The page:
Steven Dunne

Journalist turned teacher Steven Dunne writes some of the smartest serial killer novels around right now. Literate, complex and thoroughly absorbing, they’re must reads for fans of Mark Billingham or Thomas Harris. His third book, Deity, is out now and Steven was kind enough to join me for a chat…

Tell us a little about Deity…
Deity is about the search for four missing college students. After their disappearance they begin appearing on the internet in broadcasts on the Deity website where it seems they may have committed suicide. Under the surface the book is about our search for immortality. For young people, this means becoming famous and the internet is the best vehicle for that and Deity is about what young people are prepared to do to achieve that fame. To many youngsters, given the uncertainty of an afterlife, becoming an internet sensation and rattling around in cyberspace forever is their idea of immortality.

Damen Brook isn’t your typical crime fiction maverick. What prompted you to create such a self-contained lead?
I always loved reading Sherlock Holmes novels. I thought it was wonderful that after a couple of pages of sparring with Watson, Holmes was into a full blown case. That’s why I put Brook into a situation where distractions are kept to a minimum. He has baggage but it’s not excessive. He is an outsider, not from the local area, unable to make friends easily and he’s also highly intelligent, all traits that set him apart from colleagues. Also, he has a past in which he cared too much about a case and made terrible mistakes because of it, resulting in a nervous breakdown and the end of his marriage. Police work was the cause of all his problems, but it is also the solution to them because work leaves little time to brood on his difficulties. Thus we can get straight into the action.

The adolescent desire for immortality through fame is at the heart of Deity, what drew you to this subject?
The missing teenagers in Deity were drawn from my experiences as a teacher and I took great pains to make their struggle believable and sympathetic. As a teacher, I have observed and been fascinated by the desperation of young people to make their mark on the world, before they’re really equipped to do so. In lessons this may manifest itself in simple exhibitionism but it is still a way of saying “Look at me. I’m over here.” Their conversations are dominated by the antics of the rich and famous. So as teenagers, they see fame as a quick and failsafe way to let people know they exist. That instant fame and fortune means avoiding a lifetime of dreary work, is an added bonus.

You’ve pulled off a rare feat, writing credible teenagers, how did you go about researching that element?
That was easy. I work in a school and I watch and listen. I’m interested in the way teenagers see themselves and try to interact with a world that they haven’t really become a part of yet. Their obsessions with clothes, phones, music, even the correct cool word to use in a given situation, are slavish. Also, many affect an appalling amorality about what they see on TV and the internet but it is just for show, a protective mask they wear for the outside world. In a way, they are performing – for teachers, for parents, for each other and for their limited circle until they find out who they really are and can iron out their insecurities.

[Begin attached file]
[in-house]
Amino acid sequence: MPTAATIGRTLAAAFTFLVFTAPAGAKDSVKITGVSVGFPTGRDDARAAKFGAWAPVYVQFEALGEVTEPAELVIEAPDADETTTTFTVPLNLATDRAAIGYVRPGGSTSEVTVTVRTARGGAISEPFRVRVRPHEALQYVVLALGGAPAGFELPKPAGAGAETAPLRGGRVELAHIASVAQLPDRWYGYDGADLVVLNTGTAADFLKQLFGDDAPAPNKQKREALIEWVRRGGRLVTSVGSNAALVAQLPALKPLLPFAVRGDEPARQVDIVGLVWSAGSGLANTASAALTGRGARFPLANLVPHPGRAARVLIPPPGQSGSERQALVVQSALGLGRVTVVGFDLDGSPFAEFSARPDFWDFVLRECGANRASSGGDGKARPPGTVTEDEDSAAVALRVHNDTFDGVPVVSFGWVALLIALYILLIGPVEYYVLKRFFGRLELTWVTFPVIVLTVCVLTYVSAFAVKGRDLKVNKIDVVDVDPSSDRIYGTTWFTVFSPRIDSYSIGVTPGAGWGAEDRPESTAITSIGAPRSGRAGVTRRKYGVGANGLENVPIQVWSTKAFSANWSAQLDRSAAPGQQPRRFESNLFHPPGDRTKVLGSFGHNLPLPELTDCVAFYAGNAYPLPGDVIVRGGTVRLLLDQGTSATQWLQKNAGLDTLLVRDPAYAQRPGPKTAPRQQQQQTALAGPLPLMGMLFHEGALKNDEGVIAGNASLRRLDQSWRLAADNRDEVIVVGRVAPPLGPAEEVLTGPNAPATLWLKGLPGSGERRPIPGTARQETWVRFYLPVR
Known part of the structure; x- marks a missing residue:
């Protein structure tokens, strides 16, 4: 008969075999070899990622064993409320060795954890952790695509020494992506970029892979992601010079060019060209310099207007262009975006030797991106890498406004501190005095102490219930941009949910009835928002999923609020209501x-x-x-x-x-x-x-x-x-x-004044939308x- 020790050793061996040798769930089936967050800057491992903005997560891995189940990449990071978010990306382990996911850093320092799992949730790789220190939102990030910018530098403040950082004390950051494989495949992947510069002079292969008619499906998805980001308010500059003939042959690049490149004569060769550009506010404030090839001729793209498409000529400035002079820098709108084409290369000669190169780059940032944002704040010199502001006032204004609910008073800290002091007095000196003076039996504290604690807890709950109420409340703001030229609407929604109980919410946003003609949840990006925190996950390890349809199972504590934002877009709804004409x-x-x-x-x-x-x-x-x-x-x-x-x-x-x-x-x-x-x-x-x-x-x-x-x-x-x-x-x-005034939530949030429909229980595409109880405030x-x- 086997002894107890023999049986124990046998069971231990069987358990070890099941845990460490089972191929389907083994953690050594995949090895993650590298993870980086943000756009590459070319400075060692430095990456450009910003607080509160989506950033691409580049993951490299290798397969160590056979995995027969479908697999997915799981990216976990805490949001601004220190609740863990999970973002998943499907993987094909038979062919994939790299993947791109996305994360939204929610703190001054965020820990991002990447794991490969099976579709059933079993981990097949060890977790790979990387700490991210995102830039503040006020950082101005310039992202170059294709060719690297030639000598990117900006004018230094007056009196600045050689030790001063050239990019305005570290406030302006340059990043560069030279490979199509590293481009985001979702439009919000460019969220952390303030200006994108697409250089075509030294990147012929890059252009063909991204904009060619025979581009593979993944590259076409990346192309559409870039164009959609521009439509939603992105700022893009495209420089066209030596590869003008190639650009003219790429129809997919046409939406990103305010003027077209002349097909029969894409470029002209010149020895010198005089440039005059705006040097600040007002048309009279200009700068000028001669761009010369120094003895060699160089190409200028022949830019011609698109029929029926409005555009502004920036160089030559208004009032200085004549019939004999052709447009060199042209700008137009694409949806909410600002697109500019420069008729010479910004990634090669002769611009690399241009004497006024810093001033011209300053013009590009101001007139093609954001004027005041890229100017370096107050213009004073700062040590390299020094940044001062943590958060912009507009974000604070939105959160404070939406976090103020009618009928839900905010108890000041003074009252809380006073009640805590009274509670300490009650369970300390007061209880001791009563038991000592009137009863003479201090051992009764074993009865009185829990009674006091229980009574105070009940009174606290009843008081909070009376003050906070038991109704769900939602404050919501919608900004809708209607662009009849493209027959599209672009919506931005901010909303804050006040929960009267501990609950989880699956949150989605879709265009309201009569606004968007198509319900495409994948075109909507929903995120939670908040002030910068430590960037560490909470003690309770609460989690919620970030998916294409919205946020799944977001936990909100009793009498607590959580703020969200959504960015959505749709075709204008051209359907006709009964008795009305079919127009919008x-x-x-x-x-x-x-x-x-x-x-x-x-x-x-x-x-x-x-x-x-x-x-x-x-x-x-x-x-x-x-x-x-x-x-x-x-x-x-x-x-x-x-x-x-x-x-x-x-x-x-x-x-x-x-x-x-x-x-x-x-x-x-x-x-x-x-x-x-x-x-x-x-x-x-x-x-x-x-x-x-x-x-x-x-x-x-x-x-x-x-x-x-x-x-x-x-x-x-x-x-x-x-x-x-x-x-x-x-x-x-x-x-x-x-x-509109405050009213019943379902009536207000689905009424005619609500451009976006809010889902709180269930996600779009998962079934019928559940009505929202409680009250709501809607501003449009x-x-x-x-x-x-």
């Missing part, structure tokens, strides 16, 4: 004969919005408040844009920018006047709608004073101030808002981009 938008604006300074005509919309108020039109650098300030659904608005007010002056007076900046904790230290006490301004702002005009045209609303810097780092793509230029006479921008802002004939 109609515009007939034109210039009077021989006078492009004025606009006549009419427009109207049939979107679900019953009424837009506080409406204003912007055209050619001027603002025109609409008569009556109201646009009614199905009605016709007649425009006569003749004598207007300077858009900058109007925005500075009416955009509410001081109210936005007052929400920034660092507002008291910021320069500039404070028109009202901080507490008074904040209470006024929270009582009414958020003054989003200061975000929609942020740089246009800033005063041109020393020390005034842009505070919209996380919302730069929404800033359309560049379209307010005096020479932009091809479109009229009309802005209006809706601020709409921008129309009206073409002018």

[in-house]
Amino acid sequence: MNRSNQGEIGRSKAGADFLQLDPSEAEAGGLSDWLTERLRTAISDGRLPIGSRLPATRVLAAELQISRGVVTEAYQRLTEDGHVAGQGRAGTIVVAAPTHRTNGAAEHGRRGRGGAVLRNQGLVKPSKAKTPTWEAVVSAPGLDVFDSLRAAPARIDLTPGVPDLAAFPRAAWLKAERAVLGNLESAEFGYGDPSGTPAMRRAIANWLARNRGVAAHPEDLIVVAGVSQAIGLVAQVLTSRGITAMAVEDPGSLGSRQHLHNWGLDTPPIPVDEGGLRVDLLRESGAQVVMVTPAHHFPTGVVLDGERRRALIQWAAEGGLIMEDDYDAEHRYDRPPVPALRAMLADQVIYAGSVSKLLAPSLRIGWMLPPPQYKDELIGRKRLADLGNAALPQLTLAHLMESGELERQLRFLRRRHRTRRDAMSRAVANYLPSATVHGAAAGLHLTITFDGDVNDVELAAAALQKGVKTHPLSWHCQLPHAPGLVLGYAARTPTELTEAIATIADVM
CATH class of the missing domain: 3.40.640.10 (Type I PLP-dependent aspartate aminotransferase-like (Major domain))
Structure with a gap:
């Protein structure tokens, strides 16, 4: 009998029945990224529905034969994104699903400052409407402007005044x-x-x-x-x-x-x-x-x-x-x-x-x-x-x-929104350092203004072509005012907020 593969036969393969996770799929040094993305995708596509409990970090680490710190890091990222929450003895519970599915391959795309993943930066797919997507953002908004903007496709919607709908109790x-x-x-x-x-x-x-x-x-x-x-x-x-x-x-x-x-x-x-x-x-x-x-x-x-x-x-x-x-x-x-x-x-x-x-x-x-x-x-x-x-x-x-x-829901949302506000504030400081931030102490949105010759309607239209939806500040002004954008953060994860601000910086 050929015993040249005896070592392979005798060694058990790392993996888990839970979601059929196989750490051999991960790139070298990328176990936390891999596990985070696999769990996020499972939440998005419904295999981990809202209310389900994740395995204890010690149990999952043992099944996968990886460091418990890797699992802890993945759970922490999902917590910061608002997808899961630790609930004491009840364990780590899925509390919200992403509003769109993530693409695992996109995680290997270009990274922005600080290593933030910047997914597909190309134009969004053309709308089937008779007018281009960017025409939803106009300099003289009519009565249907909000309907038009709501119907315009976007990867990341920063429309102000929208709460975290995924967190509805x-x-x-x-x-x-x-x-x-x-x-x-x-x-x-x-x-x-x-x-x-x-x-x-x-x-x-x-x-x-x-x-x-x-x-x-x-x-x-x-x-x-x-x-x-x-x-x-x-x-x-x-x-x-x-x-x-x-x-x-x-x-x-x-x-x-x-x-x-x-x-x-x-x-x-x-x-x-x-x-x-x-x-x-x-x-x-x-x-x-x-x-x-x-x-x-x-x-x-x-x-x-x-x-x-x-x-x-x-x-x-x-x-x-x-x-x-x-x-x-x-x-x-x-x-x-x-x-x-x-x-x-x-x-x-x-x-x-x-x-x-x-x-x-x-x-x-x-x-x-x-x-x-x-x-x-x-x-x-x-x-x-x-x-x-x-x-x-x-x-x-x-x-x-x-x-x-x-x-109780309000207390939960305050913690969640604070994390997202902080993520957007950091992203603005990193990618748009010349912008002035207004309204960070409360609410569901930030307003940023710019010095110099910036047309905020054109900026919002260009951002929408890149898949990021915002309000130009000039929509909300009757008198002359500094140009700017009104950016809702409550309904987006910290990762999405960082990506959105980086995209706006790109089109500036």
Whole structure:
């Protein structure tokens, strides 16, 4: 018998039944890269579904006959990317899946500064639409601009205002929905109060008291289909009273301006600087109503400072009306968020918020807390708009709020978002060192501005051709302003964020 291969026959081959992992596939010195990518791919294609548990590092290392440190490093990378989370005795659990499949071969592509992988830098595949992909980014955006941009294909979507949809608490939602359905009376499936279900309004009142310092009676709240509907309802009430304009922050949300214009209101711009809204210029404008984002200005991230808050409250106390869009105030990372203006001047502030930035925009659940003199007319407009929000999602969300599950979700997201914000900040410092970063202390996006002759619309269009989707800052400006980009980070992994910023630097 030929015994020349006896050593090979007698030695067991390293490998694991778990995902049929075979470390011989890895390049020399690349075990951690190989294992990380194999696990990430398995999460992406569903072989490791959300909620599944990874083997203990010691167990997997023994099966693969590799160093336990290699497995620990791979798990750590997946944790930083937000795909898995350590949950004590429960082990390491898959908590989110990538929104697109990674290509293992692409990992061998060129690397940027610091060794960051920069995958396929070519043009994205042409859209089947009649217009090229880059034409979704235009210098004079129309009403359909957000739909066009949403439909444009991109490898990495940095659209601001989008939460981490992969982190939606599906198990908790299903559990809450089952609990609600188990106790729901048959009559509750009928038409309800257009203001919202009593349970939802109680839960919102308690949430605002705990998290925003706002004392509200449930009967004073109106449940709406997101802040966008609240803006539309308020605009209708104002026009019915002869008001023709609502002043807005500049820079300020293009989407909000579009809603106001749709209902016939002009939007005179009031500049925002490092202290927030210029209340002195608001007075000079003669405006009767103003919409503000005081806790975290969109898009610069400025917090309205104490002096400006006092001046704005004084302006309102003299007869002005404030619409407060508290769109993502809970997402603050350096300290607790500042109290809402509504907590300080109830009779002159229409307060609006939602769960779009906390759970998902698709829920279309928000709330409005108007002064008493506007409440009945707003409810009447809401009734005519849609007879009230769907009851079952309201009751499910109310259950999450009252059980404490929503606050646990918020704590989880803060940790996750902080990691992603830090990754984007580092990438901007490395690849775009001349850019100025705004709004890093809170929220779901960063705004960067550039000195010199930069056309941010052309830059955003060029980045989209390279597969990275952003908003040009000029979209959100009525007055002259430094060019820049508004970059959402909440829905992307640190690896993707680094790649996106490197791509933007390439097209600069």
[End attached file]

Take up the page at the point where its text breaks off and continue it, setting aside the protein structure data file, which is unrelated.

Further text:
As a teacher, how do you see the rise of social media affecting your pupils?
Social media absorbs young people totally. But you have to remember, until they leave school, their world is tiny. They live with their parents near a school, and the school and surrounding area is their universe for 50 weeks of the year. Social media, TV and the internet offers a route into a wider world that they’re seeking to understand and claim their place in.

Parent/child relationships – often fraught ones – underpin the storyline, was that tough to explore?
In school we deal with all sorts of issues concerning parent/child relationships, most of them fairly mundane and at odds with the media’s portrayal of young people out of control. It was easy to put myself at the heart of this ancient struggle between teenagers, on the cusp of freedom and their parents trying to understand their offspring and curb their excesses.

You’re one of an increasing number of authors setting their work in – ahem – less glamorous cities, what did Derby give you as a location?
Derby is perfect. It has the wildness of the Peaks to the north and the city is compact enough to have a small-town neighbourly feel and is well integrated racially. Its population is straight talking and hard working – in short, Derby is a very pleasant place to live and work. Even better, there are no other thriller writers describing serial killers stalking its streets – yet – so I have the place to myself.

What can readers expect next from you?
More of the same I hope. I’m still exploring Brook’s personality and his relationship with his colleagues, his daughter and, of course with himself. The next instalment will see Brook working for Derby’s newly formed Cold Case Unit, against his wishes. That is until he uncovers a serial killer that no-one even knew existed.

 

This interview first appeared at Crime Fiction Lover.

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